The original ‘Real Housewives Gifs Explain Internet Marketing’ did so well that I decided to make a second. You demanded it with your web traffic, and so this is happening:
1. When the navigation item says one thing and the title of the page says another
You likely have felt this before, when you click on something and it takes you to a seamingly different page… you look a little closer and it was the page you were trying to get to – just with a different title. Someone was trying to be cute… or something, but it just came off as confusing. That’s called bad ‘user experience.’
2. When you open up a website and music or sound starts playing right away
No one I’ve ever met has loved it when they opened a website in their quiet office, or home for that matter and your shitty elevator music or zen soundscape starts playing. Sit down.
3. What it looks like when seems disingenuous or artificial in their copy
I touched on this in the my last housewife gifs post, but stop it with the ‘corporate-ese’; if you wouldn’t say it to a client in a face to face meeting than don’t write these complicated overly formal headlines or paragraphs on your homepage and service pages. Bring it down a notch, be playful, be simple, and think about why what you do really helps people. Bring a little emotion in, and maybe a copywriter to liven it up.
My age old adage – hire a professional.
4. When there’s a wall of text on a website without being broken up by images or graphic elements
I believe in a strategy that incorporates a lot of text. So I’m not telling you to make a website that has 5 giant pictures, 10 words on the whole thing, and only appears on Dribbble (a website for designers who share often stark and highly designed designs.) But… do focus on a balance between images and text, perhaps 200 words and an image alternating from left to right, or utilizing show/hides (the kind that hide the text after the page loads – otherwise google won’t see the text and you won’t get the SEO benefit.)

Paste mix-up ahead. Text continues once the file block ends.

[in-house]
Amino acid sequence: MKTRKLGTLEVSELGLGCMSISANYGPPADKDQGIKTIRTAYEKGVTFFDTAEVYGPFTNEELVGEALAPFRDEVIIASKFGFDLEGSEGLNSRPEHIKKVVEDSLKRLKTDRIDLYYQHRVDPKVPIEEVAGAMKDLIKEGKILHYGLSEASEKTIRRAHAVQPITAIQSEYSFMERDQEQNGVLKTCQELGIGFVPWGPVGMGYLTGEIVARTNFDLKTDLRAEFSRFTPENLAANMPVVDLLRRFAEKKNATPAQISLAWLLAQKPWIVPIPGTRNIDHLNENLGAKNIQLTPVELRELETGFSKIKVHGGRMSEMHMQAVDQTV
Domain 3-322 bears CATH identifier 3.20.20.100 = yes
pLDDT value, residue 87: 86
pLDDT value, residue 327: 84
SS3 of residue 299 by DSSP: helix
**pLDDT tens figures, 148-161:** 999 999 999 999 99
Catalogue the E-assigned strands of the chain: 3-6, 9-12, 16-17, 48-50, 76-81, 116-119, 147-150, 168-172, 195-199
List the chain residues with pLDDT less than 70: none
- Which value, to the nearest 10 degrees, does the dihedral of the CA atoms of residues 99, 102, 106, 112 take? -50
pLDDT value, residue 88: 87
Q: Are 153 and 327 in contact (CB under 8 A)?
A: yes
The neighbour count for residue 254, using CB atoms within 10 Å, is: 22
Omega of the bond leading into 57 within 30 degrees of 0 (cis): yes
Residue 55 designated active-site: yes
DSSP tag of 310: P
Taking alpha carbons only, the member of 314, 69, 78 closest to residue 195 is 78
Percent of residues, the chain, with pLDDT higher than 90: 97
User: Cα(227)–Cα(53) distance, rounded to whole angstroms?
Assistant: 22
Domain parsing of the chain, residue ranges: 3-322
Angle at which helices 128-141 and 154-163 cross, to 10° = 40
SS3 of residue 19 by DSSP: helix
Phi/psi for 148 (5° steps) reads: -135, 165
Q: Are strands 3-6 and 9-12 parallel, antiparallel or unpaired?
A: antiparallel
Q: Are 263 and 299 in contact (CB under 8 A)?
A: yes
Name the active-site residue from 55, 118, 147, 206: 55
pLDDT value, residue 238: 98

5. When someone says people love their old outdated website
The truth behind a clinging to an old website, is that people might indeed like the ‘simple’ or ‘prototypical’ because they know where things are. There’s nothing wrong with that, especially for websites targeting clientele over 60, but if your website is not for older people – every set of user tests I’ve ever conducted someone mentioned the design elements and whether they looked modern.
Modern = Up-to-date = You care about your business = Professional
6. When your website starts converting clients that aren’t the right type of clients
Most people who have a service offering and a website that’s converting visitors know what this is like. We’re converting people that don’t have the resources to really work with us. How do we draw it back without losing real customers? Well, personally I’d rather convert 3 bad leads and one good lead than no leads, but it might be time to remove verbiage like ‘affordable,’ ‘cheap’, or even ‘small business’ if you’re actually wanting to work with mid to large businesses. It really depends on what you’re after.
7. When you’re trying to get the most out of new website launch
Ain’t no shame in flaunting it. When you have a new website, there’s many ways to make the most out of the re-invigorated design, elements, and content. Share it all over social media more than once, make nice gif’s showing the best features, toot your own horn, heck – throw a party. In the end the best way to celebrate a new website launch is to do what feels natural – then do it again, learning from mistakes, and evolving it into something more exciting.
Two weeks go by – you can chill out on that. Hopefully you had fun.
Bonus: 1 Southern Charm Gif 😜
8. When you make it dead obvious how superior your offering is compared to competitors
If your website does it’s job it will leave visitors with this feeling when they go to a competitor’s site. In most of our minds it’s very difficult to decipher the endless amount of signals we need to really find out which offering is superior, so we skip to the most obvious and bold imagery, headlines and key areas of copy. When something looks well-designed, the key things they are looking for are present, the site looks like it’s professional and from a reputable company – people will skip to the next step more often: becoming a customer.
Thank you for reading my meager thoughts on the ever-important ‘Real Housewives Gifs Explain Web Design.’ If you enjoyed it, please share with your unsuspecting followers for their bemusement.